RudyG - this sounds like something right up your callejón, how about a review?

There's a nice story (PDF) about Denver artist Stevon Lucero in the online journal Five, written by Renne Fajardo. Lucero's work is vibrant, dynamic, and loaded with cultural references, you know - Chicano art. Here are a couple of paragraphs from Fajardo's article to give you a taste of the artist and the story:

"Admittedly, Lucero seems eccentric. But his profound sense of spirituality has enabled him to create a prolific body of work that goes beyond addressing only Chicano issues. It speaks to all races and cultures.

It was at the University of Wyoming that he started painting what he calls Metaphysical Fantastic Realism. His work later evolved into Metarealism, where the conscious and subconscious merge together. 'In essence, what we think is manifested physically,' Lucero says of his style, which combines bold colors and lively organic forms."

Lucero's website has several images of his art to give you a great idea of what it is that he does.

The mission of Latinitas Magazine is to "empower Latina youth through media and technology." Hey, we can get behind that, no? I recently found the following message in the overflowing La Bloga mailbox:

"Do you know a young Latina who is active in community service and is making a difference? Latinitas is currently accepting nominations for Latinita Superstars. On a quarterly basis, Latinitas recognizes outstanding young Latinas by featuring girls on our website along with their photo. Candidates must be Hispanic girls between the ages of 11-18. To nominate a girl, please submit an online nomination at:

Latinitas is a non-profit organization dedicated to empowering Latina youth through media. We publish a bilingual webzine by, for, and about Hispanic girls as well as host media empowerment programs through Central Texas. Latinitas presents enrichment after-school clubs, mentor programs, college internships, Saturday camps, youth media conferences, and community workshops dedicated to encouraging girls to express themselves. For more information, visit"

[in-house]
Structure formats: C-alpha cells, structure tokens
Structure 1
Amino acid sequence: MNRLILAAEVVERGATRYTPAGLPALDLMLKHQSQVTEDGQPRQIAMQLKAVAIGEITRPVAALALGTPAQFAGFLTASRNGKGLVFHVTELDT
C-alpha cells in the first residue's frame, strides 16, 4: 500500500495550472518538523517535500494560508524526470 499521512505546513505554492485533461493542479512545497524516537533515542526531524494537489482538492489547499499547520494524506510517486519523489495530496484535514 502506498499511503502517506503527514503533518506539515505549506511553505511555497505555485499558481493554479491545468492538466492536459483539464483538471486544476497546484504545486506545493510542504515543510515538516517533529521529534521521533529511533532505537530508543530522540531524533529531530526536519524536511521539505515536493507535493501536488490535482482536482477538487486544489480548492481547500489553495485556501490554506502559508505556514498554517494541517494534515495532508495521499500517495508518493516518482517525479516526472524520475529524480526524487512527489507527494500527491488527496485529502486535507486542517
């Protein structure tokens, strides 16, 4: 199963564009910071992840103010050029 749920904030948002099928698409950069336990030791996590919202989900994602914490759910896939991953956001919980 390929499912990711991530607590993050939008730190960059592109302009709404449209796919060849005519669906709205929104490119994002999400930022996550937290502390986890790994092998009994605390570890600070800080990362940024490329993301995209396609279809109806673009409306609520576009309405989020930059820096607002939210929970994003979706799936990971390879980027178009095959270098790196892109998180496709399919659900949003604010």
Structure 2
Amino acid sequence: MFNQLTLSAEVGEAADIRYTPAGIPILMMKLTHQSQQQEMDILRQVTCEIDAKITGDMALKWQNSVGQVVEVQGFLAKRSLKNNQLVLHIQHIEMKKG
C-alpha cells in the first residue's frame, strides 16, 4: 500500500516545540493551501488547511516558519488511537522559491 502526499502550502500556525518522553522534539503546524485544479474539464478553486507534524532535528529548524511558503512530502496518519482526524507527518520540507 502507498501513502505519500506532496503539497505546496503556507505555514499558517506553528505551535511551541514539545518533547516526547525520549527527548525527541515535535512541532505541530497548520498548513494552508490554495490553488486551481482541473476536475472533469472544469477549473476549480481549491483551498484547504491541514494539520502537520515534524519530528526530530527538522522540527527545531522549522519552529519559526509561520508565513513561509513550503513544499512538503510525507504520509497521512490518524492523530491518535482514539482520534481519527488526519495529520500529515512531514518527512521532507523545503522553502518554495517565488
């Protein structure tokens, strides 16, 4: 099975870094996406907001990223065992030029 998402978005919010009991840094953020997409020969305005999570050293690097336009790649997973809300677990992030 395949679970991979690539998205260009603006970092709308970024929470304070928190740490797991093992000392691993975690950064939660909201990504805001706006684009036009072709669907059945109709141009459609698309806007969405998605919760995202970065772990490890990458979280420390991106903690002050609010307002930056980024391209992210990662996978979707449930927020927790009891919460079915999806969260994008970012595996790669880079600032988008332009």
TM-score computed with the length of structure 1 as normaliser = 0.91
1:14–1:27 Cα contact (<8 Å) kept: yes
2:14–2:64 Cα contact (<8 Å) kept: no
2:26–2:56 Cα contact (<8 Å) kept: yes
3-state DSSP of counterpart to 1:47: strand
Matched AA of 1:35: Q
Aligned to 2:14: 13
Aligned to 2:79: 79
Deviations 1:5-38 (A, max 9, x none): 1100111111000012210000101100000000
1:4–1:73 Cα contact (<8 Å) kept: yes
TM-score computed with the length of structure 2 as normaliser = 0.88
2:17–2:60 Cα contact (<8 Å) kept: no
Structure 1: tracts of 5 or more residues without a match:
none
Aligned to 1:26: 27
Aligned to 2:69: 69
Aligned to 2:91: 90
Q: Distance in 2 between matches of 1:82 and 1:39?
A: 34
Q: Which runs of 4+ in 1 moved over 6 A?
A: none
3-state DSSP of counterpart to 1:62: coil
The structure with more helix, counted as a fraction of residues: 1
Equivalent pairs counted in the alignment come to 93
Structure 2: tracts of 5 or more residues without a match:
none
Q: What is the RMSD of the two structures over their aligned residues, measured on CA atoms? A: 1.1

Alma Luz Villanueva
forwarded us a plea for help for the Casa Hogar Santa Julia don Bosco - the "Little Girls Orphanage in San Miguel de Allende". The message says in part that "school begins August 21. In the meantime, the Madres are catching up on paperwork, doing deep cleaning, and taking care of maintenance that is difficult to take care of with girls there. For instance, there is no running water to the girls’ bathroom or shower room at present. In addition, the Madres are getting ready to send the girls to school, which means they need funds for school uniforms, shoes, workbooks, book covers, school supplies, school registration fees, etc. ... Donations may be dropped off at the box at Border Crossings, Mesones 57 at the corner of Relox, Box 121A, or mailed to the US box at 9902 Crystal Court, Suite 107 BC 2323 121A, Laredo, Texas 78045." Much more information about the orphanages and the ongoing projects and needs on the website.